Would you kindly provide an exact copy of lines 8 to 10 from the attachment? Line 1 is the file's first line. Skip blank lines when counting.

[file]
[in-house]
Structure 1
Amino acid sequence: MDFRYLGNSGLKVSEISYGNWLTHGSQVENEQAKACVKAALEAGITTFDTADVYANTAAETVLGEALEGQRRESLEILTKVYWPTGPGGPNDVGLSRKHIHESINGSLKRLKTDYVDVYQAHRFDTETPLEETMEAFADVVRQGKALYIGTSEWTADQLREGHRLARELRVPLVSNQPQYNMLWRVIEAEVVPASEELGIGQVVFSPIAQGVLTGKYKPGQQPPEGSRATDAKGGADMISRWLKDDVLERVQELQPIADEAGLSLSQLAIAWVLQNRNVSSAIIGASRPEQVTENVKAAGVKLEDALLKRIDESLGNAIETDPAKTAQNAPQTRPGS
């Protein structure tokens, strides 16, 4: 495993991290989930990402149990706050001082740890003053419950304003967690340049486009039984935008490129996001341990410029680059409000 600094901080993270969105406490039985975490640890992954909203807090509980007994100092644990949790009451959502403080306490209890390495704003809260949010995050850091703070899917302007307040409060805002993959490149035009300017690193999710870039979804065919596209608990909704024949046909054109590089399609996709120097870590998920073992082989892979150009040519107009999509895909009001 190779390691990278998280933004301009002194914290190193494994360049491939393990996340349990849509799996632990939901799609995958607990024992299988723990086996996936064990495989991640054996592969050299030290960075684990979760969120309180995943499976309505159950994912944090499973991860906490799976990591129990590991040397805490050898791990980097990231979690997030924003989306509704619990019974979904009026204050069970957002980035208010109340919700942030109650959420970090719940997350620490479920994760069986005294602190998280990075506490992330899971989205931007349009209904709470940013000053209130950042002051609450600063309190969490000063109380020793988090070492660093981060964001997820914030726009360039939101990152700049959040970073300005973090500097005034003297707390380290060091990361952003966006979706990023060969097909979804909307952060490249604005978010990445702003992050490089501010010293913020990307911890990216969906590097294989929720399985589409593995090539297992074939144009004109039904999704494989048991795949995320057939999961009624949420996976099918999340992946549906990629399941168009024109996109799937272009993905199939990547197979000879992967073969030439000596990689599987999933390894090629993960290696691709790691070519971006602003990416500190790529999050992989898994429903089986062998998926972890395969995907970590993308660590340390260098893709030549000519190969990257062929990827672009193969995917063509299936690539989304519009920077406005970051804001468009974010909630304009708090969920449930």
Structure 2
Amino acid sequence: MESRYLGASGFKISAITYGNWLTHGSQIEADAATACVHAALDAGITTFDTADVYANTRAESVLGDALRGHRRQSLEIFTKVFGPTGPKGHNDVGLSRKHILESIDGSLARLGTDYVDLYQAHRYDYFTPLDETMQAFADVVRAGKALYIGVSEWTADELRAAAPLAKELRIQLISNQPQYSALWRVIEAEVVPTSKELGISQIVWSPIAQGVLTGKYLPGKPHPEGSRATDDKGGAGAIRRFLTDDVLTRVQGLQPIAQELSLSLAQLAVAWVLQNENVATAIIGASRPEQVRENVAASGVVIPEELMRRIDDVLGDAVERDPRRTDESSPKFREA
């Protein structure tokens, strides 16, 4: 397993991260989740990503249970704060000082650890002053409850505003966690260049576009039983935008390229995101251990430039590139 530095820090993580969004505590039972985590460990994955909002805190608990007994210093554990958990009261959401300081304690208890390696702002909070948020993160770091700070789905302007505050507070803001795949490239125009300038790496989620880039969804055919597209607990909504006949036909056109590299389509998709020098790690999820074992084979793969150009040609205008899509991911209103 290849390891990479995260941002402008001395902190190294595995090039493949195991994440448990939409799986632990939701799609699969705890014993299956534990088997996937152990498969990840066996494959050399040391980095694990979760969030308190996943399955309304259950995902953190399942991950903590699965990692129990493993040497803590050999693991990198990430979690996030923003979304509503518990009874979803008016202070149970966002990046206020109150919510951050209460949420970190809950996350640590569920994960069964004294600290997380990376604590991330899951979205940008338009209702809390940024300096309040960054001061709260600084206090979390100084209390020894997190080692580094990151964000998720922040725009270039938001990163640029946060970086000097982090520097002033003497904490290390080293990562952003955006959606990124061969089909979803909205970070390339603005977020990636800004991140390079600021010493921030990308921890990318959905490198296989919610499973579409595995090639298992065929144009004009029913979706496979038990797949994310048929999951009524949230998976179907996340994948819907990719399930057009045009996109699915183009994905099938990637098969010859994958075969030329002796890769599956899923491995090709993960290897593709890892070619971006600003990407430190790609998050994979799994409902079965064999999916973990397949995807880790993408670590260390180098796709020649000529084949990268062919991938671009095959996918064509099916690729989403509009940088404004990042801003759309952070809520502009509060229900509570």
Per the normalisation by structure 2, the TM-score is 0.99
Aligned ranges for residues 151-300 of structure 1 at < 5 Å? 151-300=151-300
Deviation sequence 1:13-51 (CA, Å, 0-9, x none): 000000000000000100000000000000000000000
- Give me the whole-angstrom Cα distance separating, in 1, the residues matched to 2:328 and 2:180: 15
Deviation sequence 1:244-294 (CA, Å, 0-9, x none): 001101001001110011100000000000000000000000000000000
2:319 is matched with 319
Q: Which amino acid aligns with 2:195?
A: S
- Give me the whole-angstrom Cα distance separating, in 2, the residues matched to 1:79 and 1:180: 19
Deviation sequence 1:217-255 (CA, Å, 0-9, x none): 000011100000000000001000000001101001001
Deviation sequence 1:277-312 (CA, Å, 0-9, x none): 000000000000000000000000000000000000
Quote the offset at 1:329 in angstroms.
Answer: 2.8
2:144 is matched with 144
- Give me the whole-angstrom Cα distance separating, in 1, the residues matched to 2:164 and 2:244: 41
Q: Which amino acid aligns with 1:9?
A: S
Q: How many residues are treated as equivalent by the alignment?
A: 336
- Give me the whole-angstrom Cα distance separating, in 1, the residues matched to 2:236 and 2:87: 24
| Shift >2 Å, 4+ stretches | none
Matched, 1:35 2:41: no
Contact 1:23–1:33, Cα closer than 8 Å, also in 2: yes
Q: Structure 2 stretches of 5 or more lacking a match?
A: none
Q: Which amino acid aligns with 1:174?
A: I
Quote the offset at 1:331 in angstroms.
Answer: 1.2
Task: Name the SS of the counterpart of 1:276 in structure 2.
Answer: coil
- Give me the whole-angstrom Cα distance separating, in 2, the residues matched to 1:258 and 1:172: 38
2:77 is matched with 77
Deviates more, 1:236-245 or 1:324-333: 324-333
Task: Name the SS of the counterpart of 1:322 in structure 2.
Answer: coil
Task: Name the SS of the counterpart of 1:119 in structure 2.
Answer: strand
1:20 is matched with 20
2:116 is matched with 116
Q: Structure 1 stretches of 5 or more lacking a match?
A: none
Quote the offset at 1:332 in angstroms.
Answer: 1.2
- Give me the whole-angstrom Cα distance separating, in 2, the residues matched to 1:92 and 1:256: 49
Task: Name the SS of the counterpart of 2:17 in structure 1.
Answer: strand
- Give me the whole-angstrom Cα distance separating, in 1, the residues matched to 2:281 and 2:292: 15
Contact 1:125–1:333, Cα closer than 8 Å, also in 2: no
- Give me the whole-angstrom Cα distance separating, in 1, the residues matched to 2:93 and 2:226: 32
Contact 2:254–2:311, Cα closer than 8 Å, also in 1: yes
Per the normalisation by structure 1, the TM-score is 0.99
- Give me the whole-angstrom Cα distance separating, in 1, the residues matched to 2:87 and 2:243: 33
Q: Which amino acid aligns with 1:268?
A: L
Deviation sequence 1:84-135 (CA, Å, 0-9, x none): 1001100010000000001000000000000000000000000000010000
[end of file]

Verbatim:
Per the normalisation by structure 2, the TM-score is 0.99
Aligned ranges for residues 151-300 of structure 1 at < 5 Å? 151-300=151-300
Deviation sequence 1:13-51 (CA, Å, 0-9, x none): 000000000000000100000000000000000000000